Shadows of the Damned Review
An intriguing setting is at least interesting and amusing enough in this otherwise uninspired shooter
To add a unique element to the gunplay, the Underworld contains a darkness power. Sometimes, depending on the level or during a boss fight, the whole area becomes overwhelmed and Garcia enters the darkness. In this alternate reality of sorts, the player’s tolerance meter quickly drains and soon life becomes to slip away as well. To escape, the players are often forced to light up a goat’s head (you read that correctly) or to return to a safe area. Enemies are actually invincible while in the darkness, so it’s an often hectic and challenging environment to traverse, and adds variety to the game.
Outside of combat, Garcia often encounters puzzles that are often fairly simple. They range from finding the correct key for a door to navigating your way through a maze. There are many situations where the darkness is used to provide unique qualities to the environment that add a new element to the puzzle. Overall level progression is rather linear; though there are often small divergent paths which contain an extra upgrade gem or health and ammo.
Probably the biggest draw of Shadows of the Damned is its presentation. Not the technical visuals - it runs on the Unreal engine that often shows its age. Nor is the architecture or environments varied, as the game is rather bleak and there isn’t enough difference between the levels. What will be the most memorable about the game is its setting – the Underworld is both disturbing and intriguing, with ample atmosphere and solid ambient soundtrack. The doors are locked with odd baby faces (yes, you read that correctly too), rivers flow full of blo0d, and enemies are often grotesquely designed.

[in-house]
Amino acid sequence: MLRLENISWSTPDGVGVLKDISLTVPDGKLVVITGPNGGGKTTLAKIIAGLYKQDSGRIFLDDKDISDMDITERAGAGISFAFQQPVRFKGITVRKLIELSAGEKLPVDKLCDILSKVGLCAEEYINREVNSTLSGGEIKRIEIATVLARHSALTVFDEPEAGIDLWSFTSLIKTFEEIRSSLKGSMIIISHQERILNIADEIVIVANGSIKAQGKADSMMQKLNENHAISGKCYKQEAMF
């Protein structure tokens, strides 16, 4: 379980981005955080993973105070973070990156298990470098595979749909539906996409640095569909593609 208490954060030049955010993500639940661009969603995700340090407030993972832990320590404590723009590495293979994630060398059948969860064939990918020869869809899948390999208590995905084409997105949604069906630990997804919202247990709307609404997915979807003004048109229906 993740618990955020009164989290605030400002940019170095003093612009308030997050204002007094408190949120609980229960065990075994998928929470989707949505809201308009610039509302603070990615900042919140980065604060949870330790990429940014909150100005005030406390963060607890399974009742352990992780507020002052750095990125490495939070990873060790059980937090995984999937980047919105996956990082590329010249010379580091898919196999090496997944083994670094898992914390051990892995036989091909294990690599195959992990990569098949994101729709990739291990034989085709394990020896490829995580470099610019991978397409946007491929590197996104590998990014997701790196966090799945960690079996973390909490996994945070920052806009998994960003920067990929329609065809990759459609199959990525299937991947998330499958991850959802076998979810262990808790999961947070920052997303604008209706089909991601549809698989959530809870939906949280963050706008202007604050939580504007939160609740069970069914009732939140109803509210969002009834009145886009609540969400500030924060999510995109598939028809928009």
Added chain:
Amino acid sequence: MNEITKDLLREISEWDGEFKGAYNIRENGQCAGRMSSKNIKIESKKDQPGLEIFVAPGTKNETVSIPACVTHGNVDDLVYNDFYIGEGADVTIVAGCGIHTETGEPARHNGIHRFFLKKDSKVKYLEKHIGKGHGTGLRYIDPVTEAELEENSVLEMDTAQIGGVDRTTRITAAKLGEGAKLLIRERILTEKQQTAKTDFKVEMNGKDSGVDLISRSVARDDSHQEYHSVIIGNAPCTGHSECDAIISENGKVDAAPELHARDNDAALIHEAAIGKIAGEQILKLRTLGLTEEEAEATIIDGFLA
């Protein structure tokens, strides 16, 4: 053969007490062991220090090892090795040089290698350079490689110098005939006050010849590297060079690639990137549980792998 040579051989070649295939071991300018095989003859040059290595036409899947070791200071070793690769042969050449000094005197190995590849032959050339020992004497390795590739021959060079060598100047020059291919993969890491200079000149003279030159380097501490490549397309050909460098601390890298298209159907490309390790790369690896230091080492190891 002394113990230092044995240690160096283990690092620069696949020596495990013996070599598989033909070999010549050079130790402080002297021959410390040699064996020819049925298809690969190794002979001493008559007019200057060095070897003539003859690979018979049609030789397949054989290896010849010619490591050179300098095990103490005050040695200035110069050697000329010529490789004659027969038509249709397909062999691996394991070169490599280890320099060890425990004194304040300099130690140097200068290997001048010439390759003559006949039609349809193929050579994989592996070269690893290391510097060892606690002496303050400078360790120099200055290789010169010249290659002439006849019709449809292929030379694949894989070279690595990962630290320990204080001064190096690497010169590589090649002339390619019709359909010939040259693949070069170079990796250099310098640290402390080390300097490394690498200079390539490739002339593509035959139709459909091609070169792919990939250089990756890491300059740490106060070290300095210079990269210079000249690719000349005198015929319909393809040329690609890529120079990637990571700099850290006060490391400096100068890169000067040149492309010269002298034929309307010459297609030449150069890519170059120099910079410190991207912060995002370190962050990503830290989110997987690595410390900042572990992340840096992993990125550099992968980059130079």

In a sharp contrast to the setting is the often hilarious dialogue. To be fair, this is a script that’s ridden with below the belt jokes and so many clichés that some may find it cringe worthy. However, the dialogue and voice actors seem so aware of how odd and silly some of this stuff is, that it actually comes across as self-parody that works. Like a poorly translated Japanese game that was actually re-written in an attempt to be sophisticated, Shadows of the Damned succeeds at pulling off some great one liners and slapstick comedy – all at its own expense. However it’s fair to say that many gamers may disagree or miss the point altogether, and they will find most of the script to be far from enjoyable.
Shadows of the Damned is a worthwhile title for a certain type of gamer. It’s a new IP which manages to come up with enough appeal to warrant a look. The visuals are a bit sub-par, but the so-bad-its-good dialogue combined with the odd plot and Underworld setting nearly steals the show. If all of this is enough, then by all means give the game a try. Be aware that the actual gameplay is nothing groundbreaking, and some concepts could have been executed better. A unique experience that will be a hit with some, but an afterthought for others.
Our ratings for Shadows of the Damned on PlayStation 3 out of 100 (Ratings FAQ)
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